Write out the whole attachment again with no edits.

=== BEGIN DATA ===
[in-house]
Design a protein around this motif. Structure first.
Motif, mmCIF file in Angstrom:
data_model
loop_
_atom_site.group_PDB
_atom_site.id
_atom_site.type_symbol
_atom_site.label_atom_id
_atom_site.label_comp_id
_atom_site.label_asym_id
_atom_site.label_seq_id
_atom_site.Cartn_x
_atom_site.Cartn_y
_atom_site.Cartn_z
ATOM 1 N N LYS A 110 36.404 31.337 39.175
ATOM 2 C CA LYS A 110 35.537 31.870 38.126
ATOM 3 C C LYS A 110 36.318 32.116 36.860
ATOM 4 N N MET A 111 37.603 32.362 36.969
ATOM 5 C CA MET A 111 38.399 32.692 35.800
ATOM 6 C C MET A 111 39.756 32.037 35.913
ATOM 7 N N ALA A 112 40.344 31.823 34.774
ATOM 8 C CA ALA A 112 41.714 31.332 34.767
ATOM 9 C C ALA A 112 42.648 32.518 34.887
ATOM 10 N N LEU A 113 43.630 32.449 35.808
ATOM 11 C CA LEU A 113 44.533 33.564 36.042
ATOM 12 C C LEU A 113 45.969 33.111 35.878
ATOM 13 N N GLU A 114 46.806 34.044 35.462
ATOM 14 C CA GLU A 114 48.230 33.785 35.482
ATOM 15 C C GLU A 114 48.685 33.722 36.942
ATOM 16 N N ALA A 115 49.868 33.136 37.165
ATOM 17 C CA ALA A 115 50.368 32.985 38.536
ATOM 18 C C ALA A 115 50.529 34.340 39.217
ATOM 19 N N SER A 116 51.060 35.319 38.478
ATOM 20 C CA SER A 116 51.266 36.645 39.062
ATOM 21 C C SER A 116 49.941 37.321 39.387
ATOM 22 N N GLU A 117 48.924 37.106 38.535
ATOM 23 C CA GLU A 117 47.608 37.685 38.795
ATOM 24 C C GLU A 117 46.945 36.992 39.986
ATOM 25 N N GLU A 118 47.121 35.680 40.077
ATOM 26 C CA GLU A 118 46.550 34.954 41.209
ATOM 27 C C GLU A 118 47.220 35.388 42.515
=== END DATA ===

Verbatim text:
[in-house]
Design a protein around this motif. Structure first.
Motif, mmCIF file in Angstrom:
data_model
loop_
_atom_site.group_PDB
_atom_site.id
_atom_site.type_symbol
_atom_site.label_atom_id
_atom_site.label_comp_id
_atom_site.label_asym_id
_atom_site.label_seq_id
_atom_site.Cartn_x
_atom_site.Cartn_y
_atom_site.Cartn_z
ATOM 1 N N LYS A 110 36.404 31.337 39.175
ATOM 2 C CA LYS A 110 35.537 31.870 38.126
ATOM 3 C C LYS A 110 36.318 32.116 36.860
ATOM 4 N N MET A 111 37.603 32.362 36.969
ATOM 5 C CA MET A 111 38.399 32.692 35.800
ATOM 6 C C MET A 111 39.756 32.037 35.913
ATOM 7 N N ALA A 112 40.344 31.823 34.774
ATOM 8 C CA ALA A 112 41.714 31.332 34.767
ATOM 9 C C ALA A 112 42.648 32.518 34.887
ATOM 10 N N LEU A 113 43.630 32.449 35.808
ATOM 11 C CA LEU A 113 44.533 33.564 36.042
ATOM 12 C C LEU A 113 45.969 33.111 35.878
ATOM 13 N N GLU A 114 46.806 34.044 35.462
ATOM 14 C CA GLU A 114 48.230 33.785 35.482
ATOM 15 C C GLU A 114 48.685 33.722 36.942
ATOM 16 N N ALA A 115 49.868 33.136 37.165
ATOM 17 C CA ALA A 115 50.368 32.985 38.536
ATOM 18 C C ALA A 115 50.529 34.340 39.217
ATOM 19 N N SER A 116 51.060 35.319 38.478
ATOM 20 C CA SER A 116 51.266 36.645 39.062
ATOM 21 C C SER A 116 49.941 37.321 39.387
ATOM 22 N N GLU A 117 48.924 37.106 38.535
ATOM 23 C CA GLU A 117 47.608 37.685 38.795
ATOM 24 C C GLU A 117 46.945 36.992 39.986
ATOM 25 N N GLU A 118 47.121 35.680 40.077
ATOM 26 C CA GLU A 118 46.550 34.954 41.209
ATOM 27 C C GLU A 118 47.220 35.388 42.515